I can get digital news on my mobile or my PC, via text,audio or video, and via social networks, blogs, websites, link aggregators, RSS, podcasts, videocasts, and from global sources. Whether or not print titles are only seeing a small percentage of their print readership visiting them online is less relevant, than how many of those readers are getting news content online from any source.

So what can you do?

When it comes to looking at the situation now and for the future, the numbers are far less important than looking at data trends. I’d much rather base a theory or business strategy on a few years of data showing a rise in one area and a fall in another. The numbers are rough guides to point towards when the trends are in the same area, but that’s all.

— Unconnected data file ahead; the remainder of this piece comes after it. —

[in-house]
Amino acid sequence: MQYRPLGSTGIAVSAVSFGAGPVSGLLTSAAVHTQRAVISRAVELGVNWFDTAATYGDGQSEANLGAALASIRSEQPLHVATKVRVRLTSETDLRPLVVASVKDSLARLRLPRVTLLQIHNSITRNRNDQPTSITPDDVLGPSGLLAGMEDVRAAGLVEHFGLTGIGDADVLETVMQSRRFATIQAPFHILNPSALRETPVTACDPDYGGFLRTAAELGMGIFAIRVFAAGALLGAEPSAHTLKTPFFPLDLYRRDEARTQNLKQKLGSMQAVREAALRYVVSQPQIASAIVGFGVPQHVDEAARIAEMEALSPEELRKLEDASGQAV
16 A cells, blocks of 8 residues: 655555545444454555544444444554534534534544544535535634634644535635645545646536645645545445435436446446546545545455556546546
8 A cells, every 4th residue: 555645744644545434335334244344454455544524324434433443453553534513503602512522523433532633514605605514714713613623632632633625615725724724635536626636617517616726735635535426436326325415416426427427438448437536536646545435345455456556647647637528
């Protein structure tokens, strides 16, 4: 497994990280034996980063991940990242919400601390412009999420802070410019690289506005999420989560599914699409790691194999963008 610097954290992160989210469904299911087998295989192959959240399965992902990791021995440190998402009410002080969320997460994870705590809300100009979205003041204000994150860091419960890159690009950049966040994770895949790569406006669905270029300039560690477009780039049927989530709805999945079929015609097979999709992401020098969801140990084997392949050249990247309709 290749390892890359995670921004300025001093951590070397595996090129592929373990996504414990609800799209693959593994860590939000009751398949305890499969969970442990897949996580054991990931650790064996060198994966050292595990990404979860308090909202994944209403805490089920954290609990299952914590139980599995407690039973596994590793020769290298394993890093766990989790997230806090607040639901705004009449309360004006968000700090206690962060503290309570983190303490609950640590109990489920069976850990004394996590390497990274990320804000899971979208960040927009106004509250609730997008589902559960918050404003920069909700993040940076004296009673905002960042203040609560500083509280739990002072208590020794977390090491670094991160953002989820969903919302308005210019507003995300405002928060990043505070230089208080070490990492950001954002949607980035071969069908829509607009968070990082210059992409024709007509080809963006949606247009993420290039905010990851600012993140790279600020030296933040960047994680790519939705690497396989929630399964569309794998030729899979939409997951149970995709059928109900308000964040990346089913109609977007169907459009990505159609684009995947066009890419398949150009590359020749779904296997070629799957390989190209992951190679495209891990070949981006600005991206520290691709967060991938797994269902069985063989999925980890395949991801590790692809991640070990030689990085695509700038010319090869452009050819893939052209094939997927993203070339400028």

Just to reiterate, I don’t want to criticise John and Martin for doing what is a useful, if flawed, exercise to highlight caution in assuming that online readership is bigger than it really is, or that print readership is smaller than you might think. As I tried to comment on the Nieman Labs site (sadly it vanished into cyberspace after I submitted it), it’s the way the information is being presented that worries me.

7 thoughts on “Why it’s dangerous to compare print figures to website stats

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  4. John Mecklin

    I haven’t gone in and parsed all the numbers relating to online vs. print readership. But the tendency of online enthusiasts to question the pass-along rates for daily newspapers is amusing to me.